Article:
Immune Therapy Drug Shows Early Promise in Subtype of Endometrial Uterine Cancer
In a small group of women with mismatch repair (MMR) deficiency endometrial uterine cancer, survival was increased by pembrolizumab, according to a presentation at the Society for Gynecologic Oncology 2016 Annual Meeting on Women's Cancer.1
Pembrolizumab, an immunotherapy checkpoint inhibitor, is FDA-approved for the treatment of skin, kidney, and lung cancers. MMR deficiency has been predictive of benefit from pembrolizumab in colorectal cancer, and MMR deficiency is present in 20% to 30% of endometrial cancers. MMR-deficient tumors are characterized by thousands of mutated, newly formed antigens that are not yet recognized by the immune system.
As a result, these tumors could be sensitive to immune augmentation therapy with programmed death-1 (PD-1) blockade. Pembrolizumab blocks PD-1 from intercepting its ligands.
This ongoing, single-institution, phase II study examined early response rates and survival outcomes in 9 women with recurrent or persistent MMR-deficient endometrial uterine cancer treated with pembrolizumab. These women all received at least 1, but up to 4 (median 2), previous standard-of-care treatments.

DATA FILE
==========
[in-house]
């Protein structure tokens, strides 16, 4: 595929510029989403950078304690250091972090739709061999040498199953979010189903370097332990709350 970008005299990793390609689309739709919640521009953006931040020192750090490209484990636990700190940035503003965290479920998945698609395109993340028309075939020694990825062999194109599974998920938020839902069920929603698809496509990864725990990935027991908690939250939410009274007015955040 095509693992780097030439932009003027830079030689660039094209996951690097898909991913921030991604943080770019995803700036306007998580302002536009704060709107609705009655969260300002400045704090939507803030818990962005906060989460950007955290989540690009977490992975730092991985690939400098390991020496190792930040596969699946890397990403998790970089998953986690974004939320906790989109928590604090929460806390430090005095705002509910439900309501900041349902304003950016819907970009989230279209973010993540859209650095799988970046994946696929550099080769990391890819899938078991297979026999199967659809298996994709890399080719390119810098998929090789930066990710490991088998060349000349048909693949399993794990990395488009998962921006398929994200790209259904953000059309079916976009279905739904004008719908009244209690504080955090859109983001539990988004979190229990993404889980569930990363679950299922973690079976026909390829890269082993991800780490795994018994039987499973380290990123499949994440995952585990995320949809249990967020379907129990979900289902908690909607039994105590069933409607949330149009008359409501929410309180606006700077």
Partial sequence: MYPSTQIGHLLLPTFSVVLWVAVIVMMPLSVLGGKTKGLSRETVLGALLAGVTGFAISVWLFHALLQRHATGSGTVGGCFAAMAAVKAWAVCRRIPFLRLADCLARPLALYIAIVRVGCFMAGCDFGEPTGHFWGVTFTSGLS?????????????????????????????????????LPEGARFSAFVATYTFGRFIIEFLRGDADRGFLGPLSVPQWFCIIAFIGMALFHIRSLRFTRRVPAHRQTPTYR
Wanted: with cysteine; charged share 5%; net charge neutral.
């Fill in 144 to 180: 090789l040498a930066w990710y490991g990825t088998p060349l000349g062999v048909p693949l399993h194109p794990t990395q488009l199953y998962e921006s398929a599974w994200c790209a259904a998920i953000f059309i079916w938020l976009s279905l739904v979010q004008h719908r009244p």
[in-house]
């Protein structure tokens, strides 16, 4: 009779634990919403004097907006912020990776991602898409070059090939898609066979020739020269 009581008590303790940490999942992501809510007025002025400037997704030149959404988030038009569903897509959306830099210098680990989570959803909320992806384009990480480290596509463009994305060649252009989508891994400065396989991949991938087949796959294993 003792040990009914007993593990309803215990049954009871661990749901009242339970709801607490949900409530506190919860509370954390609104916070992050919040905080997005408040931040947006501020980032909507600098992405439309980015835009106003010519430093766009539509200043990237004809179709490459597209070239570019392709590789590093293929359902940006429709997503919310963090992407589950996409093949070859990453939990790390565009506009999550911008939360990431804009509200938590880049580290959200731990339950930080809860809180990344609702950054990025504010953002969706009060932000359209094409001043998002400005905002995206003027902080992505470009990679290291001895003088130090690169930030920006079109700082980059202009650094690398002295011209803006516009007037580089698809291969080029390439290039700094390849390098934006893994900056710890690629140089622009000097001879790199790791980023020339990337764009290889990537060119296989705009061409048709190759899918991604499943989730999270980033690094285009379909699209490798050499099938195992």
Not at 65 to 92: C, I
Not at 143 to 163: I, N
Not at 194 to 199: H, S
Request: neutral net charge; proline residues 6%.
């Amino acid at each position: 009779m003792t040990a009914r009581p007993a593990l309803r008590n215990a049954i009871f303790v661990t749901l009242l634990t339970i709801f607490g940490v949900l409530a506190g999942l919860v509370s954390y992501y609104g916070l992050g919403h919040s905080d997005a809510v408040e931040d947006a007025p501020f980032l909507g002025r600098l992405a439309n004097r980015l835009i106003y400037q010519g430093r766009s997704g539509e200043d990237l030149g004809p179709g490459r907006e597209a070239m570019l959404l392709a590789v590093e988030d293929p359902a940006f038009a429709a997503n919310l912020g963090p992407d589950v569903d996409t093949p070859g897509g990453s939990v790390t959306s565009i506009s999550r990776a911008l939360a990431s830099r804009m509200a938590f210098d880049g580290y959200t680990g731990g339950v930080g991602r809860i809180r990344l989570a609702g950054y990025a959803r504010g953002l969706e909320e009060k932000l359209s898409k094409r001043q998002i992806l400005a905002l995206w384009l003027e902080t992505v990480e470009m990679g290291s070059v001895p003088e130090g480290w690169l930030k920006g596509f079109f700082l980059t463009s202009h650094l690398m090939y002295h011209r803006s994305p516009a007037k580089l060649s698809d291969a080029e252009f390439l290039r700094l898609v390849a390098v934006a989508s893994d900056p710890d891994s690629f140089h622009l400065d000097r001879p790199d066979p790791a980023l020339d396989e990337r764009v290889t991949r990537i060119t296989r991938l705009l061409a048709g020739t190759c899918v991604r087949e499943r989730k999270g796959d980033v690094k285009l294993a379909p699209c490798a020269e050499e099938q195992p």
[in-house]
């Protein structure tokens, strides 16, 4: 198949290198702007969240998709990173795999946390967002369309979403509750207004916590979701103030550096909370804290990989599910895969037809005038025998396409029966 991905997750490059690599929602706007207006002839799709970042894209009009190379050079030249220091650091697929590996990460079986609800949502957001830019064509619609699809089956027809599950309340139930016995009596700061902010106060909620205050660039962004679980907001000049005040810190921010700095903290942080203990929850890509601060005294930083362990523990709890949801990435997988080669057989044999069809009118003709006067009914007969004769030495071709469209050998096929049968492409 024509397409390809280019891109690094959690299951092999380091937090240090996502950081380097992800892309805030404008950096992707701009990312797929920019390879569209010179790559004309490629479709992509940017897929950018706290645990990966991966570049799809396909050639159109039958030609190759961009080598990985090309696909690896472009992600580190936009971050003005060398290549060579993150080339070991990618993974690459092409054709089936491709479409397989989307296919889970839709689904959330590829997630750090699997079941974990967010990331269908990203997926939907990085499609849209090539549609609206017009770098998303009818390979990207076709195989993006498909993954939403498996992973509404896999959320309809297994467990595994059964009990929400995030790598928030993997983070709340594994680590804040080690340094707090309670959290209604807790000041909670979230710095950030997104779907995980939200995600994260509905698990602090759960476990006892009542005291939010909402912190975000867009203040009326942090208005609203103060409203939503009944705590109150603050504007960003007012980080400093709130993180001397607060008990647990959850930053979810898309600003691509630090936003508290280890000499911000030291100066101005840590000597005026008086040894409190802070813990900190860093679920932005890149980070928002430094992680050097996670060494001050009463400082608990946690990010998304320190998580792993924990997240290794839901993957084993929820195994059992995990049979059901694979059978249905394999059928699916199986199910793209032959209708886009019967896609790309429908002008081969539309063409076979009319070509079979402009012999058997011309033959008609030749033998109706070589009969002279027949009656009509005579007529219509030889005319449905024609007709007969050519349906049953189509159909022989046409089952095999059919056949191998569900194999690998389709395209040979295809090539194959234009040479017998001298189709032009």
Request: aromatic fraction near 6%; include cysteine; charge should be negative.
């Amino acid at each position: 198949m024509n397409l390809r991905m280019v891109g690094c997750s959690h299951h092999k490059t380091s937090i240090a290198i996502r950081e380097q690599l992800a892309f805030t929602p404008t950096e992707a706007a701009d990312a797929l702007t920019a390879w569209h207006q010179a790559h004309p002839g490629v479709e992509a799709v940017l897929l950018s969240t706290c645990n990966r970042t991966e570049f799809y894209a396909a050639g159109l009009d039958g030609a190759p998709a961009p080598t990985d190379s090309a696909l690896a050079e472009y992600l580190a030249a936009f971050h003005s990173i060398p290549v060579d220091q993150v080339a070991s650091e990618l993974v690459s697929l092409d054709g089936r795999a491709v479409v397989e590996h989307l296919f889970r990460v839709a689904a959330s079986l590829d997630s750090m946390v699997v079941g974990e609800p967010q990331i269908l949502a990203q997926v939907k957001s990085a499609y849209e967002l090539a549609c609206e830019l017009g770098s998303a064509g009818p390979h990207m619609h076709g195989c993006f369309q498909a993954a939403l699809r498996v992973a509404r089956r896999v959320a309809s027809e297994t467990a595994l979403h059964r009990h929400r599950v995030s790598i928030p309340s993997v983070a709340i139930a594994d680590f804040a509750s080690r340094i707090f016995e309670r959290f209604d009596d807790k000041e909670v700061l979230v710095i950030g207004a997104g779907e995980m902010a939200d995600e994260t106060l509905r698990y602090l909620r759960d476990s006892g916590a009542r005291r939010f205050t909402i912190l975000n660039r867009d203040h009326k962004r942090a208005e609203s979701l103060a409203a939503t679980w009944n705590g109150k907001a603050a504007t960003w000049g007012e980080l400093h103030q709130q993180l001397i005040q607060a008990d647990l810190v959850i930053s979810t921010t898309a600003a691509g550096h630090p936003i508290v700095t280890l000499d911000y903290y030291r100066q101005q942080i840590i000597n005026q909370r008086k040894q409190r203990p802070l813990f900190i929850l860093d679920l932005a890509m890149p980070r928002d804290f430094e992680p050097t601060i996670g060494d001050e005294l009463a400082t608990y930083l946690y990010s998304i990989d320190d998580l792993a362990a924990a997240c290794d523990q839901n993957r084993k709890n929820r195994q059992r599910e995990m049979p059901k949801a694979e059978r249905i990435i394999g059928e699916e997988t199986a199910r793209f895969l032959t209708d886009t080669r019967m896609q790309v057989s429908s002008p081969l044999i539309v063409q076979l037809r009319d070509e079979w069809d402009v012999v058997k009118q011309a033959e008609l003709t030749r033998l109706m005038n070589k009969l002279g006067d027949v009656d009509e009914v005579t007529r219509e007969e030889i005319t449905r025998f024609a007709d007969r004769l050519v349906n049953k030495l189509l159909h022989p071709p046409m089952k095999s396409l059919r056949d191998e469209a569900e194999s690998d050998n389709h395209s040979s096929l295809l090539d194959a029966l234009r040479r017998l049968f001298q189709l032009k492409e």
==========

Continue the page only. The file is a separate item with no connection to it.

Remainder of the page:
The overall response rate is 56% (n = 5, 95% CI 21-85%). Of the 5 responders, 1 was a complete response and 4 were partial responses. The clinical benefit rate, a summation of complete response, partial response, and stable disease, was 88.9% (n = 8). Overall survival (OS) at 12 months was 89%, with median OS not yet reached. Median follow-up duration so far is 9.1 months (range, 7 to 18 months). No toxicities higher than grade 3 have been reported.
Two patients experienced disease progression, 1 with increased small-volume disease in the retroperitoneum and liver and a partial response in pulmonary nodules. This woman remained on pembrolizumab 6 months after disease progression and is asymptomatic.
The patient who experienced complete response had received 3 surgeries and 3 previous therapies. She has been without evidence of disease for 17 months.
“PD-1 blockade shows promising activity in MMR-deficient EC [endometrial uterine cancer]. A cooperative group study of PD-1 blockade in a larger cohort of women with both MMR-deficient and MMR-intact, recurrent, or persistent EC is planned,” wrote the researchers.
1. Fader AN, Diaz LA, Armstrong DK, et al. Preliminary results of a phase II study: PD-1 blockade in mismatch repair-deficient, recurrent or persistent endometrial cancer. Presentation at: 47th Annual Meeting of the Society of Gynecologic Oncology; March 19-22, 2016; San Diego, California. Late-breaking abstract 3.